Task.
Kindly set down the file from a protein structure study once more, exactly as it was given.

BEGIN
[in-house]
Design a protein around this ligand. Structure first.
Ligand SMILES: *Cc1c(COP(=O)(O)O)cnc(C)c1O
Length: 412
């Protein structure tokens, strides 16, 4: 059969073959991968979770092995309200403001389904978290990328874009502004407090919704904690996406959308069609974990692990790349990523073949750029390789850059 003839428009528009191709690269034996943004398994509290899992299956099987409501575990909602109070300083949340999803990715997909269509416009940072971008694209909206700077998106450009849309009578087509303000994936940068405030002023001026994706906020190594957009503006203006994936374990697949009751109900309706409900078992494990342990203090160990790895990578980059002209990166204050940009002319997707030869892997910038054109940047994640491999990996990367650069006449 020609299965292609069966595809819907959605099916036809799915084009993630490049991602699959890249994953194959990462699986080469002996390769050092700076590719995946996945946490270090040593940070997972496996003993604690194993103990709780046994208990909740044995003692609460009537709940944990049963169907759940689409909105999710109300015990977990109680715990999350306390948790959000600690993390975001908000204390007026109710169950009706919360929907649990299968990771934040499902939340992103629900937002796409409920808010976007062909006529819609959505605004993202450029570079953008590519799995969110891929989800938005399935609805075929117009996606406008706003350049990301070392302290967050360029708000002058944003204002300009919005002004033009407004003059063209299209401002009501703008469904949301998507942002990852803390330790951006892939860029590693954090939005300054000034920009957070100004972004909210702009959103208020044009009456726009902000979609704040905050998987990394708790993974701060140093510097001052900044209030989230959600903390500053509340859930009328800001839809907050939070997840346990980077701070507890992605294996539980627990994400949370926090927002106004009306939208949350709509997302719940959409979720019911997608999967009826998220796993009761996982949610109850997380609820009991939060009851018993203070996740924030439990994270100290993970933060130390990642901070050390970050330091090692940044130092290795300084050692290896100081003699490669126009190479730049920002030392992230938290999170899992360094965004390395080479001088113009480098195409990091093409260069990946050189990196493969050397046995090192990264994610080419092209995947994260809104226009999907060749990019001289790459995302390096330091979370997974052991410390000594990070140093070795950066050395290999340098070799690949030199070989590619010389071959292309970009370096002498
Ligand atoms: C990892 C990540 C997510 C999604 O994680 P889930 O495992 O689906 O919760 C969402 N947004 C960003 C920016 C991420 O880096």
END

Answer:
[in-house]
Design a protein around this ligand. Structure first.
Ligand SMILES: *Cc1c(COP(=O)(O)O)cnc(C)c1O
Length: 412
């Protein structure tokens, strides 16, 4: 059969073959991968979770092995309200403001389904978290990328874009502004407090919704904690996406959308069609974990692990790349990523073949750029390789850059 003839428009528009191709690269034996943004398994509290899992299956099987409501575990909602109070300083949340999803990715997909269509416009940072971008694209909206700077998106450009849309009578087509303000994936940068405030002023001026994706906020190594957009503006203006994936374990697949009751109900309706409900078992494990342990203090160990790895990578980059002209990166204050940009002319997707030869892997910038054109940047994640491999990996990367650069006449 020609299965292609069966595809819907959605099916036809799915084009993630490049991602699959890249994953194959990462699986080469002996390769050092700076590719995946996945946490270090040593940070997972496996003993604690194993103990709780046994208990909740044995003692609460009537709940944990049963169907759940689409909105999710109300015990977990109680715990999350306390948790959000600690993390975001908000204390007026109710169950009706919360929907649990299968990771934040499902939340992103629900937002796409409920808010976007062909006529819609959505605004993202450029570079953008590519799995969110891929989800938005399935609805075929117009996606406008706003350049990301070392302290967050360029708000002058944003204002300009919005002004033009407004003059063209299209401002009501703008469904949301998507942002990852803390330790951006892939860029590693954090939005300054000034920009957070100004972004909210702009959103208020044009009456726009902000979609704040905050998987990394708790993974701060140093510097001052900044209030989230959600903390500053509340859930009328800001839809907050939070997840346990980077701070507890992605294996539980627990994400949370926090927002106004009306939208949350709509997302719940959409979720019911997608999967009826998220796993009761996982949610109850997380609820009991939060009851018993203070996740924030439990994270100290993970933060130390990642901070050390970050330091090692940044130092290795300084050692290896100081003699490669126009190479730049920002030392992230938290999170899992360094965004390395080479001088113009480098195409990091093409260069990946050189990196493969050397046995090192990264994610080419092209995947994260809104226009999907060749990019001289790459995302390096330091979370997974052991410390000594990070140093070795950066050395290999340098070799690949030199070989590619010389071959292309970009370096002498
Ligand atoms: C990892 C990540 C997510 C999604 O994680 P889930 O495992 O689906 O919760 C969402 N947004 C960003 C920016 C991420 O880096």